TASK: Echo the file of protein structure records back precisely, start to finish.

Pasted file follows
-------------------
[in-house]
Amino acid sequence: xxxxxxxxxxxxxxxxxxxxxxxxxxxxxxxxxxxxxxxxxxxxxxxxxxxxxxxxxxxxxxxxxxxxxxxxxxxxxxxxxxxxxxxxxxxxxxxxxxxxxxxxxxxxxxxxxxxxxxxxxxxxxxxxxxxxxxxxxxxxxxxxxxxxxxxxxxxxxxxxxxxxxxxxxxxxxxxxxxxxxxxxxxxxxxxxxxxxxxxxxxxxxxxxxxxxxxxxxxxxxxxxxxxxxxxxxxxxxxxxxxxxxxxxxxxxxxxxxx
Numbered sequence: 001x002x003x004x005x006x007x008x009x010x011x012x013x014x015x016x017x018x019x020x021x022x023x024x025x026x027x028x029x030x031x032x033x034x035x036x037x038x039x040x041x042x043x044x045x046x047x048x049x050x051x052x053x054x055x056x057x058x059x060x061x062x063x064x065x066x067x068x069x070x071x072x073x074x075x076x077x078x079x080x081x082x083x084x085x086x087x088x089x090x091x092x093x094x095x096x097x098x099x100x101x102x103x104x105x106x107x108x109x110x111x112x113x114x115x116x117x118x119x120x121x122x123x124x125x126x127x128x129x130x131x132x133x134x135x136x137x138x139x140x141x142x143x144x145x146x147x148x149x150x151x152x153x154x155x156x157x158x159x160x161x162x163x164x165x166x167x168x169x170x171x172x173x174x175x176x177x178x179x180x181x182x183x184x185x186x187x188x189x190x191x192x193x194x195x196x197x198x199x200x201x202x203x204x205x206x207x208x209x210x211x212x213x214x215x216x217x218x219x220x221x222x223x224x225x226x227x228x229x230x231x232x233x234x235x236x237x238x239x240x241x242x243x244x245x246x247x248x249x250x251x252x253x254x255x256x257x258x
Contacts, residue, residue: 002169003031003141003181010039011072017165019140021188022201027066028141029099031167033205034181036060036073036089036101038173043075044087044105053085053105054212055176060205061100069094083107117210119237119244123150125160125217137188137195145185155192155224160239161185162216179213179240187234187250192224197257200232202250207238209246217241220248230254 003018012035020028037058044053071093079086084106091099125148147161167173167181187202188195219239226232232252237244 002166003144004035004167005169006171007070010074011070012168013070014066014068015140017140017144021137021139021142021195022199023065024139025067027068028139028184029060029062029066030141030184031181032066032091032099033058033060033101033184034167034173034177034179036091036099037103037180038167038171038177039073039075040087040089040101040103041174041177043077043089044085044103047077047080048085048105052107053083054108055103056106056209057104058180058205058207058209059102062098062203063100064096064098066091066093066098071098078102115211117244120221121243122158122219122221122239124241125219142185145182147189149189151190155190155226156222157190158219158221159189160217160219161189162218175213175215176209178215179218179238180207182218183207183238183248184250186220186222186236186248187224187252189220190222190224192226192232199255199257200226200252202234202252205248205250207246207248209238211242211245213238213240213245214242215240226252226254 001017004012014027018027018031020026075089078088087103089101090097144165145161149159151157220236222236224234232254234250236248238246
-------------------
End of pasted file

[in-house]
Amino acid sequence: xxxxxxxxxxxxxxxxxxxxxxxxxxxxxxxxxxxxxxxxxxxxxxxxxxxxxxxxxxxxxxxxxxxxxxxxxxxxxxxxxxxxxxxxxxxxxxxxxxxxxxxxxxxxxxxxxxxxxxxxxxxxxxxxxxxxxxxxxxxxxxxxxxxxxxxxxxxxxxxxxxxxxxxxxxxxxxxxxxxxxxxxxxxxxxxxxxxxxxxxxxxxxxxxxxxxxxxxxxxxxxxxxxxxxxxxxxxxxxxxxxxxxxxxxxxxxxxxxx
Numbered sequence: 001x002x003x004x005x006x007x008x009x010x011x012x013x014x015x016x017x018x019x020x021x022x023x024x025x026x027x028x029x030x031x032x033x034x035x036x037x038x039x040x041x042x043x044x045x046x047x048x049x050x051x052x053x054x055x056x057x058x059x060x061x062x063x064x065x066x067x068x069x070x071x072x073x074x075x076x077x078x079x080x081x082x083x084x085x086x087x088x089x090x091x092x093x094x095x096x097x098x099x100x101x102x103x104x105x106x107x108x109x110x111x112x113x114x115x116x117x118x119x120x121x122x123x124x125x126x127x128x129x130x131x132x133x134x135x136x137x138x139x140x141x142x143x144x145x146x147x148x149x150x151x152x153x154x155x156x157x158x159x160x161x162x163x164x165x166x167x168x169x170x171x172x173x174x175x176x177x178x179x180x181x182x183x184x185x186x187x188x189x190x191x192x193x194x195x196x197x198x199x200x201x202x203x204x205x206x207x208x209x210x211x212x213x214x215x216x217x218x219x220x221x222x223x224x225x226x227x228x229x230x231x232x233x234x235x236x237x238x239x240x241x242x243x244x245x246x247x248x249x250x251x252x253x254x255x256x257x258x
Contacts, residue, residue: 002169003031003141003181010039011072017165019140021188022201027066028141029099031167033205034181036060036073036089036101038173043075044087044105053085053105054212055176060205061100069094083107117210119237119244123150125160125217137188137195145185155192155224160239161185162216179213179240187234187250192224197257200232202250207238209246217241220248230254 003018012035020028037058044053071093079086084106091099125148147161167173167181187202188195219239226232232252237244 002166003144004035004167005169006171007070010074011070012168013070014066014068015140017140017144021137021139021142021195022199023065024139025067027068028139028184029060029062029066030141030184031181032066032091032099033058033060033101033184034167034173034177034179036091036099037103037180038167038171038177039073039075040087040089040101040103041174041177043077043089044085044103047077047080048085048105052107053083054108055103056106056209057104058180058205058207058209059102062098062203063100064096064098066091066093066098071098078102115211117244120221121243122158122219122221122239124241125219142185145182147189149189151190155190155226156222157190158219158221159189160217160219161189162218175213175215176209178215179218179238180207182218183207183238183248184250186220186222186236186248187224187252189220190222190224192226192232199255199257200226200252202234202252205248205250207246207248209238211242211245213238213240213245214242215240226252226254 001017004012014027018027018031020026075089078088087103089101090097144165145161149159151157220236222236224234232254234250236248238246